6 April is the start of the new tax year. It is also a common commencement date for legislative changes. This year, key changes affecting pensions from 6 April 2019 (unless otherwise stated) include:


  • The default minimum contribution rates payable under an automatic enrolment scheme are increasing from 5% of qualifying earnings to 8%, with at least 3% being payable by an individual’s employer.
  • The automatic enrolment minimum contribution rates are also increasing where contributions are paid by reference to basic pay or all earnings.
  • The qualifying earnings band is being adjusted with the lower threshold increasing from £6,032 to £6,136 and the upper limit increasing from £46,350 to £50,000. The auto-enrolment eligibility trigger remains fixed at £10,000.
  • The scheme level cost of accruals easement that has been available to formerly contracted-out salary-related schemes since contracting-out ended on 6 April 2016 is coming to an end. This means that from 6 April 2019 schemes that have relied upon this easement will need to comply with either the alternative quality requirements or the test scheme standard.


  • The standard lifetime allowance for the 2019/20 tax year will be £1,055,000.
  • Section 307 of the Income Tax (Earnings and Pensions) Act 2003 is set to be amended by the Finance Act 2019  to ensure that the provision by an employer of a retirement or death benefit in respect of an employee will be taxed as a benefit in kind where those benefits are paid to individuals who are currently out of scope or to a registered charity. Contributions are currently only tax-exempt where the benefit is payable to the employee or a member of the employee’s family or household.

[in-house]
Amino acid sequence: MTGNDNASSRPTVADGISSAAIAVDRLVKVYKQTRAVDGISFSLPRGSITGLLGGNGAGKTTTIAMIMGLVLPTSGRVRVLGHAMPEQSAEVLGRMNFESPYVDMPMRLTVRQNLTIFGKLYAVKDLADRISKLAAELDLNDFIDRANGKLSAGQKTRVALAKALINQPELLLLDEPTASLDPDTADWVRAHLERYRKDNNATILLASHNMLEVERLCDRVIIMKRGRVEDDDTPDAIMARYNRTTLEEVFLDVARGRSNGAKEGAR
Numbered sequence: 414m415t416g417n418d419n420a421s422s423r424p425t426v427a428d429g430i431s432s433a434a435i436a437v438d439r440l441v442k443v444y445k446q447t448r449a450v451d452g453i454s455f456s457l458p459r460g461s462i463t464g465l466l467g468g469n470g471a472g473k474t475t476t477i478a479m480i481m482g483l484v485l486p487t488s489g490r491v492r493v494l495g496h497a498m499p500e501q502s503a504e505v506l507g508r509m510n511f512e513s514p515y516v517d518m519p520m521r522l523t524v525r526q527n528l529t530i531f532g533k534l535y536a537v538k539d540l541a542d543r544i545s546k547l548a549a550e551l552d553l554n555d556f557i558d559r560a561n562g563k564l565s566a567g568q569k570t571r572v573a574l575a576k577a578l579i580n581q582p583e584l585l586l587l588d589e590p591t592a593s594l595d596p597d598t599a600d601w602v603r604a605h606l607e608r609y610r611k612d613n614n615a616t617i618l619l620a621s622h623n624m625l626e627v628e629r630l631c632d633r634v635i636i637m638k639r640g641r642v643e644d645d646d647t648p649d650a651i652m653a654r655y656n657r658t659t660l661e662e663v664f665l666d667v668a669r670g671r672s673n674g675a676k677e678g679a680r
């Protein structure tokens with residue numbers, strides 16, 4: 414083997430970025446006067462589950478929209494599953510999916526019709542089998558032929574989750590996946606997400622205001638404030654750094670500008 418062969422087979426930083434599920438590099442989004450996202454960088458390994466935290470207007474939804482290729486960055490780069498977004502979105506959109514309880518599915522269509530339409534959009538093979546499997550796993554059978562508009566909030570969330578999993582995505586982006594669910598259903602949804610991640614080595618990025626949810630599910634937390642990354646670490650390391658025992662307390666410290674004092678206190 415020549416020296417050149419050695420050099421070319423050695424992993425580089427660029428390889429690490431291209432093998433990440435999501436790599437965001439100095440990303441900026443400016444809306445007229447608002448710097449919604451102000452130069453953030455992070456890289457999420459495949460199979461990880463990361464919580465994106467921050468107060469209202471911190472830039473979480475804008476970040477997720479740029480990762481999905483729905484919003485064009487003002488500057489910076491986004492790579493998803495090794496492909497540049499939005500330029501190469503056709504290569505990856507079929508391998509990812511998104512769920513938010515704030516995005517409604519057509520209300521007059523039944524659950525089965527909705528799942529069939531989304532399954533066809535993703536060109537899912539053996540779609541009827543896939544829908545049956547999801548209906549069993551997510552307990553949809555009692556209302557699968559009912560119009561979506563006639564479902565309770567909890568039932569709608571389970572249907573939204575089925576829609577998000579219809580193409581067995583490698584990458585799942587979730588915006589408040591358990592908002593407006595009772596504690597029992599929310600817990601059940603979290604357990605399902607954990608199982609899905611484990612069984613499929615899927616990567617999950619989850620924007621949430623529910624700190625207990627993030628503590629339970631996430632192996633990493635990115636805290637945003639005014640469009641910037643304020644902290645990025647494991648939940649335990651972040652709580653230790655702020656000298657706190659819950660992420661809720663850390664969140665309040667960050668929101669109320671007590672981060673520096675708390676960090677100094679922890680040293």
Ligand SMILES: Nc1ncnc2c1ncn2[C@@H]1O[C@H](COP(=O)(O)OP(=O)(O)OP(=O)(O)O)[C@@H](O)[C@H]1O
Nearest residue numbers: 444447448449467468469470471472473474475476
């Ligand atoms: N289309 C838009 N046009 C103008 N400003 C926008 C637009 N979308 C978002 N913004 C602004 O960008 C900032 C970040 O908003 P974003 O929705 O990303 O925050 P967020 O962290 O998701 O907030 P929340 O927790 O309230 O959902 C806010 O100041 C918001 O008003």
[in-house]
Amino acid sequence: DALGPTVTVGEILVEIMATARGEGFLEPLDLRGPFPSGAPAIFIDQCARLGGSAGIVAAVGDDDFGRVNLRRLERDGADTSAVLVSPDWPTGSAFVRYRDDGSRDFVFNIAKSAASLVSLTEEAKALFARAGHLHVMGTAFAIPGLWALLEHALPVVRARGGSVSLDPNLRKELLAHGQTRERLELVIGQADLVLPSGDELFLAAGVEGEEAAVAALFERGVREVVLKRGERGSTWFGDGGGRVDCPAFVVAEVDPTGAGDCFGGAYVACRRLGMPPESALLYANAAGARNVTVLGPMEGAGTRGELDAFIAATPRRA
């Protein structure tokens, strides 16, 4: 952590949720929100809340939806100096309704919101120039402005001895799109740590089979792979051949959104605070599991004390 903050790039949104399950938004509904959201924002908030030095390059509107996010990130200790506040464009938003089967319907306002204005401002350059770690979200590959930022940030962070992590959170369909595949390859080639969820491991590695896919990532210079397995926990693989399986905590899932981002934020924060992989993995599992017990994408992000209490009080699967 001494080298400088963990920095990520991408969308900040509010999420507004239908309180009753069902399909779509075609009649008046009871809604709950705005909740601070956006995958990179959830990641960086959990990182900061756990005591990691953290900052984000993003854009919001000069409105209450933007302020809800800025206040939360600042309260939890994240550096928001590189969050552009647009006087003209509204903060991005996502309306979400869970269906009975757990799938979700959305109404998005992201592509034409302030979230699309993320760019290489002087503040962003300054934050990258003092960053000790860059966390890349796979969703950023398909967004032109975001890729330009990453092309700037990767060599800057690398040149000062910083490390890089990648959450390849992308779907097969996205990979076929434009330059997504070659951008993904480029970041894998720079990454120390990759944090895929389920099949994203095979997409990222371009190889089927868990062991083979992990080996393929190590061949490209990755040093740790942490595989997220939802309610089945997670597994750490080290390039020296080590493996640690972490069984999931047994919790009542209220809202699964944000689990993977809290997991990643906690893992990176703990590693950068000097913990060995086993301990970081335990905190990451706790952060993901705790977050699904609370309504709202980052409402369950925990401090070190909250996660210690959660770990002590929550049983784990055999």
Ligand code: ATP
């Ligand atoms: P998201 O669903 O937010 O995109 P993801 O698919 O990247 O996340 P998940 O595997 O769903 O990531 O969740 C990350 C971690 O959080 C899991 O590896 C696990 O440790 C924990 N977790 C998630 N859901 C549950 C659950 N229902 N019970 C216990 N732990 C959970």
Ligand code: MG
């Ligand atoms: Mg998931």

DC costs and charges

  • The existing requirements that apply to schemes that provide money purchase benefits are being extended so that trustees of such scheme will also be required to disclose certain information about pooled funds on request, including the international securities identification number allocated in relation to each collective investment scheme in which assets are directly invested on behalf of a member at the relevant time. Scheme websites and annual benefit statements must also refer to how this information may be obtained.


  • The new single financial guidance body will be named the Money and Pensions Service (MPS). References to The Pensions Advisory Service that appear in existing pensions legislation will be updated to refer instead to the MPS.


  • From 1 April 2019, the PPF compensation cap is rising from £39,006.18 to £40,020.34.

State pension

  • The full weekly rate of the new state pension will increase from £164.35 to £168.60 from 8 April 2019.
  • The full weekly rate of the basic state pension (payable to pensioners who reached state pension age before 6 April 2016) will rise from £125.95 to £129.20 with effect from 8 April 2019.


  • Certain statutory provisions that were saved when salary-related contracting-out was abolished in April 2016, will cease to apply from 6 April 2019. This includes provisions relating to the issue, cancellation, variation or surrender of a contracting-out certificate, the payment of contributions equivalent premiums (CEPs) and HMRC’s powers to supervise formerly contracted-out schemes. Some saved provisions will continue to have effect indefinitely, including those permitting the payment of CEPs in limited circumstances.


Tim Smith
Tim Smith
Professional Support Lawyer, London
+44 20 7466 2542